Getting Started


The most current, tagged version of GPLinearODEMaker.jl can be easily installed using Julia's Pkg


If you would like to contribute to the package, or just want to run the latest (untagged) version, you can use the following



Here's an example using sine and cosines as the outputs to be modelled. The f, g!, and h! functions at the end give the likelihood, gradient, and Hessian, respectively.

import GPLinearODEMaker; GLOM = GPLinearODEMaker

kernel, n_kern_hyper = GLOM.include_kernel("se")

n = 100
xs = 20 .* sort(rand(n))
noise1 = 0.1 .* ones(n)
noise2 = 0.2 .* ones(n)
y1 = sin.(xs) .+ (noise1 .* randn(n))
y2 = cos.(xs) .+ (noise2 .* randn(n))

ys = collect(Iterators.flatten(zip(y1, y2)))
noise = collect(Iterators.flatten(zip(noise1, noise2)))

glo = GLOM.GLO(kernel, n_kern_hyper, 2, 2, xs, ys; noise = noise, a=[[1. 0.1];[0.1 1]])
total_hyperparameters = append!(collect(Iterators.flatten(glo.a)), [10])
workspace = GLOM.nlogL_matrix_workspace(glo, total_hyperparameters)

function f(non_zero_hyper::Vector{T} where T<:Real) = GLOM.nlogL_GLOM!(workspace, glo, non_zero_hyper)  # feel free to add priors here to optimize on the posterior!
function g!(G::Vector{T}, non_zero_hyper::Vector{T}) where T<:Real
    G[:] = GLOM.∇nlogL_GLOM!(workspace, glo, non_zero_hyper)  # feel free to add priors here to optimize on the posterior!
function h!(H::Matrix{T}, non_zero_hyper::Vector{T}) where T<:Real
    H[:, :] = GLOM.∇∇nlogL_GLOM!(workspace, glo, non_zero_hyper)  # feel free to add priors here to optimize on the posterior!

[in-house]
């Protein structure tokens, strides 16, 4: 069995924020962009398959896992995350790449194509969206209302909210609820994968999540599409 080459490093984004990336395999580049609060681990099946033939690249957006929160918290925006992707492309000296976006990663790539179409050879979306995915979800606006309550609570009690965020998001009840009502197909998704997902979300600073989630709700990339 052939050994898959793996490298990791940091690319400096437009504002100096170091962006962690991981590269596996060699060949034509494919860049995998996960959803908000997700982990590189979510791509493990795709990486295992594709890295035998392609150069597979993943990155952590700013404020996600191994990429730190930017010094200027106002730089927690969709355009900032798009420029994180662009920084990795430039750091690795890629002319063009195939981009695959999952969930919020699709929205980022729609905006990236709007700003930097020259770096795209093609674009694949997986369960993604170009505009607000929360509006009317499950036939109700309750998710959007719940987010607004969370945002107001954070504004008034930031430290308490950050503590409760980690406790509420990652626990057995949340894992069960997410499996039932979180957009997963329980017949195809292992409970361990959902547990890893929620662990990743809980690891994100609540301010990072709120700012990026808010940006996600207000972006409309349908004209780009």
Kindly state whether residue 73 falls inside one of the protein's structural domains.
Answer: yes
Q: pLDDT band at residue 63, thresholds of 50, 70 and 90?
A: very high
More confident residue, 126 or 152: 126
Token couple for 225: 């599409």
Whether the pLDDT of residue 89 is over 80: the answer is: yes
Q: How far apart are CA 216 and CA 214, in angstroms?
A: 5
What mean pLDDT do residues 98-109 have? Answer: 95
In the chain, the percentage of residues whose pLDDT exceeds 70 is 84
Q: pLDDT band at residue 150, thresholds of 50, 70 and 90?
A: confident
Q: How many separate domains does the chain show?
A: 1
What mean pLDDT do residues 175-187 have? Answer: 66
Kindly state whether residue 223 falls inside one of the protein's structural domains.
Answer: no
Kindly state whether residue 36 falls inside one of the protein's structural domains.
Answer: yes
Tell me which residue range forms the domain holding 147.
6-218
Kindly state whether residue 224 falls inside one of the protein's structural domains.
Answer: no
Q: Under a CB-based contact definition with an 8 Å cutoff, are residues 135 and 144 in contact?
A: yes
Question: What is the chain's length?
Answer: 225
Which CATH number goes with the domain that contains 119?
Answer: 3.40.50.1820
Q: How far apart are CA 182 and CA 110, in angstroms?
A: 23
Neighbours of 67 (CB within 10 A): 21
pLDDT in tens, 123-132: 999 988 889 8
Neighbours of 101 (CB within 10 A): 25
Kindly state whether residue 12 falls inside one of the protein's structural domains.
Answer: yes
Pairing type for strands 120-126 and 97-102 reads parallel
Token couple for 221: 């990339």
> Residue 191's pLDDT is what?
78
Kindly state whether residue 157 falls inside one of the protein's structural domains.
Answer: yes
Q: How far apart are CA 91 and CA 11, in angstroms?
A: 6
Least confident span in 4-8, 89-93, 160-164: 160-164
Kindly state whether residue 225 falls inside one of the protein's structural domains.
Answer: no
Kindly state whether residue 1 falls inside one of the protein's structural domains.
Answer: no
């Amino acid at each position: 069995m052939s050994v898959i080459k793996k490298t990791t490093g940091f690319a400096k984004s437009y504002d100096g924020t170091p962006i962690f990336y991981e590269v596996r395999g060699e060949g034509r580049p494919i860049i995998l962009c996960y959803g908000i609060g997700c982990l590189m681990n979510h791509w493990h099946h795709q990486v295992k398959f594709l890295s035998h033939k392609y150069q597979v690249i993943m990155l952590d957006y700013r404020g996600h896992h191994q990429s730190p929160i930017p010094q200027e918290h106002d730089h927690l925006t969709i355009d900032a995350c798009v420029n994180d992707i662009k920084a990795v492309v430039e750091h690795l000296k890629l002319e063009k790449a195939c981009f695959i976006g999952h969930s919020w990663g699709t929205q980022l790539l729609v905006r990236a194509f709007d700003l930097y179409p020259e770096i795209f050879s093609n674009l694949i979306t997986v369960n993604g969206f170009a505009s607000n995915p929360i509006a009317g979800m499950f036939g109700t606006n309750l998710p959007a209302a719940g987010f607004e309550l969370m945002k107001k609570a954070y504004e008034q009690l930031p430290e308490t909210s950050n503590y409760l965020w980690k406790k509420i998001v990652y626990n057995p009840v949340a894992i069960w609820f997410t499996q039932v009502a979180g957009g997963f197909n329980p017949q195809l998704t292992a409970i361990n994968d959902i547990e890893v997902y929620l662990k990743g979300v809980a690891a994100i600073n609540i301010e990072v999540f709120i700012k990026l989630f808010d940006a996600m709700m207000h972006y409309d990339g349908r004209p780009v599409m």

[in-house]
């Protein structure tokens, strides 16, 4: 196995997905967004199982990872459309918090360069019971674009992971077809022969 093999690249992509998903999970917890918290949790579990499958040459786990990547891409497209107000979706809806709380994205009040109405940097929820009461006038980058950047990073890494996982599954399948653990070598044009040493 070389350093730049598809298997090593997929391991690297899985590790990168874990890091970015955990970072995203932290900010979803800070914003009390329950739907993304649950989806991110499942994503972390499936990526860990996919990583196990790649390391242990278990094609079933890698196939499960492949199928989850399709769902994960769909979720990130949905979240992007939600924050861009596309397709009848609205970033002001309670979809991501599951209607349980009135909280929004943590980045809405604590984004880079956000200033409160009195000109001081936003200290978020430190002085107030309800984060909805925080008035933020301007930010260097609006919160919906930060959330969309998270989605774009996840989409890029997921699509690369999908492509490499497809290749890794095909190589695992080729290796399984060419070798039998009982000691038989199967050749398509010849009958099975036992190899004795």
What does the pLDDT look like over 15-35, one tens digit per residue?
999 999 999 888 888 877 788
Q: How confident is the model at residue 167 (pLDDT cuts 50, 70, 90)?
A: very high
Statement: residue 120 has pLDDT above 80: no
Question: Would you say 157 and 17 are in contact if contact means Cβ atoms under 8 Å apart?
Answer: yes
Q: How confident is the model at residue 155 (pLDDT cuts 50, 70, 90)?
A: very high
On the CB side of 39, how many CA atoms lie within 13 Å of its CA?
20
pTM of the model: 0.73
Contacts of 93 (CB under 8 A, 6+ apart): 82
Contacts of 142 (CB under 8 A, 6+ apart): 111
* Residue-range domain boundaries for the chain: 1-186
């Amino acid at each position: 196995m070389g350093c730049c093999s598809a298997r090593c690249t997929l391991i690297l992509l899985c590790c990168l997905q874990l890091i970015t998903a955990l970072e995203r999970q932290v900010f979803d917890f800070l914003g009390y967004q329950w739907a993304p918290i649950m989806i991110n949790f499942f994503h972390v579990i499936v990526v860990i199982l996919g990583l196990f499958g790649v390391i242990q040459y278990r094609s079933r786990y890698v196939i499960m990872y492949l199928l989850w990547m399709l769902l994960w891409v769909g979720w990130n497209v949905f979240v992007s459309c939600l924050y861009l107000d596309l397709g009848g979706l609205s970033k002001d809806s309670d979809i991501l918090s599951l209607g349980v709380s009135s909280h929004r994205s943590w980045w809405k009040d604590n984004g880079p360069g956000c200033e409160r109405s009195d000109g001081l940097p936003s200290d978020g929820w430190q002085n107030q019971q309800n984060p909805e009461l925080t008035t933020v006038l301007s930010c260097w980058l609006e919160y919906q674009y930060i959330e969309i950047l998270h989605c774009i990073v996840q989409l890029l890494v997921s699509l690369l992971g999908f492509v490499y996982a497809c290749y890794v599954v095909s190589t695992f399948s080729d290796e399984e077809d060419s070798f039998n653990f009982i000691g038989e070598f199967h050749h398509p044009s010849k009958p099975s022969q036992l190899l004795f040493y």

You can use f, g!, and h! to optimize the GP hyperparameters with external packages like Optim.jl or Flux.jl

initial_x = GLOM.remove_zeros(total_hyperparameters)

using Optim

# @time result = optimize(f, initial_x, NelderMead())  # slow or wrong
# @time result = optimize(f, g!, initial_x, LBFGS())  # faster and usually right
@time result = optimize(f, g!, h!, initial_x, NewtonTrustRegion())  # fastest and usually right

fit_total_hyperparameters = GLOM.reconstruct_total_hyperparameters(glo, result.minimizer)

Once you have the best fit hyperparameters, you can easily calculate the GP conditioned on the data (i.e. the GP posterior)

n_samp_points = convert(Int64, max(500, round(2 * sqrt(2) * length(glo.x_obs))))
x_samp = collect(range(minimum(glo.x_obs); stop=maximum(glo.x_obs), length=n_samp_points))
n_total_samp_points = n_samp_points * glo.n_out
n_meas = length(glo.x_obs)

mean_GP, σ, mean_GP_obs, Σ = GLOM.GP_posteriors(glo, x_samp, fit_total_hyperparameters; return_mean_obs=true)

and use Plots to visualize the results

using Plots

function make_plot(output::Integer, label::String)
    sample_output_indices = output:glo.n_out:n_total_samp_points
    obs_output_indices = output:glo.n_out:length(ys)
    p = scatter(xs, ys[obs_output_indices], yerror=noise1, label=label)
    plot!(x_samp, mean_GP[sample_output_indices]; ribbon=σ[sample_output_indices], alpha=0.3, label="GP")
    return p

plot(make_plot(1, "Sin"), make_plot(2, "Cos"), layout=(2,1), size=(960,540))

Resulting plot

Another, more complicated example where GLOM is used for modelling stellar variability can be found at christiangil/GLOM_RV_Example

Getting Help

To get help on specific functionality you can either look up the information here, or if you prefer you can make use of Julia's native doc-system. For example here's how to get additional information on GPLinearODEMaker.GLO within Julia's REPL:


If you encounter a bug or would like to participate in the development of this package come find us on Github.